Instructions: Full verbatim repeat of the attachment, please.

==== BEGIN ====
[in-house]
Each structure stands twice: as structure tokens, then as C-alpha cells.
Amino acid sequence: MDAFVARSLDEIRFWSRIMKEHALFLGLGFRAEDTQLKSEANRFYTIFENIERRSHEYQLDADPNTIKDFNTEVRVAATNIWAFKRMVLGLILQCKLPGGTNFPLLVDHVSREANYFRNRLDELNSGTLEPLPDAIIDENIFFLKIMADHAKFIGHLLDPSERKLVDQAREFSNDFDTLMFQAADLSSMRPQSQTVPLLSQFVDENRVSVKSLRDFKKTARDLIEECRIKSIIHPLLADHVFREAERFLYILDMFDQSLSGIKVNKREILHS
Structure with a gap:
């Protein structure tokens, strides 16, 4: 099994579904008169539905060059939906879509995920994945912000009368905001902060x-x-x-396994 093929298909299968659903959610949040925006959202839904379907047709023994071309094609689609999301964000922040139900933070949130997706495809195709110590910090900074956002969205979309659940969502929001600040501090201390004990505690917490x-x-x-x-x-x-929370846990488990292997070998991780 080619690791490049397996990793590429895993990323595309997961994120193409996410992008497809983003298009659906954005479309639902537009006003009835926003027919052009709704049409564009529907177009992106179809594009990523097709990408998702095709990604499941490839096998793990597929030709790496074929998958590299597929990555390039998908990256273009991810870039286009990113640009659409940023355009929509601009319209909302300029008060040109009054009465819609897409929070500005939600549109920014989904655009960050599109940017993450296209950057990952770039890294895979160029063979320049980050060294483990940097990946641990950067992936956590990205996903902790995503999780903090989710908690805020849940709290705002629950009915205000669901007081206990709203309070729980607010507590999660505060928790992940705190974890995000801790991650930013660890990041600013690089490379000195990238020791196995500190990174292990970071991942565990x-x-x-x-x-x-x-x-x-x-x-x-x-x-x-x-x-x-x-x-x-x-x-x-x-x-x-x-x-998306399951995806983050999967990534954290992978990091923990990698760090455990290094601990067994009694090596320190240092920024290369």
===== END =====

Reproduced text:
[in-house]
Each structure stands twice: as structure tokens, then as C-alpha cells.
Amino acid sequence: MDAFVARSLDEIRFWSRIMKEHALFLGLGFRAEDTQLKSEANRFYTIFENIERRSHEYQLDADPNTIKDFNTEVRVAATNIWAFKRMVLGLILQCKLPGGTNFPLLVDHVSREANYFRNRLDELNSGTLEPLPDAIIDENIFFLKIMADHAKFIGHLLDPSERKLVDQAREFSNDFDTLMFQAADLSSMRPQSQTVPLLSQFVDENRVSVKSLRDFKKTARDLIEECRIKSIIHPLLADHVFREAERFLYILDMFDQSLSGIKVNKREILHS
Structure with a gap:
């Protein structure tokens, strides 16, 4: 099994579904008169539905060059939906879509995920994945912000009368905001902060x-x-x-396994 093929298909299968659903959610949040925006959202839904379907047709023994071309094609689609999301964000922040139900933070949130997706495809195709110590910090900074956002969205979309659940969502929001600040501090201390004990505690917490x-x-x-x-x-x-929370846990488990292997070998991780 080619690791490049397996990793590429895993990323595309997961994120193409996410992008497809983003298009659906954005479309639902537009006003009835926003027919052009709704049409564009529907177009992106179809594009990523097709990408998702095709990604499941490839096998793990597929030709790496074929998958590299597929990555390039998908990256273009991810870039286009990113640009659409940023355009929509601009319209909302300029008060040109009054009465819609897409929070500005939600549109920014989904655009960050599109940017993450296209950057990952770039890294895979160029063979320049980050060294483990940097990946641990950067992936956590990205996903902790995503999780903090989710908690805020849940709290705002629950009915205000669901007081206990709203309070729980607010507590999660505060928790992940705190974890995000801790991650930013660890990041600013690089490379000195990238020791196995500190990174292990970071991942565990x-x-x-x-x-x-x-x-x-x-x-x-x-x-x-x-x-x-x-x-x-x-x-x-x-x-x-x-x-998306399951995806983050999967990534954290992978990091923990990698760090455990290094601990067994009694090596320190240092920024290369």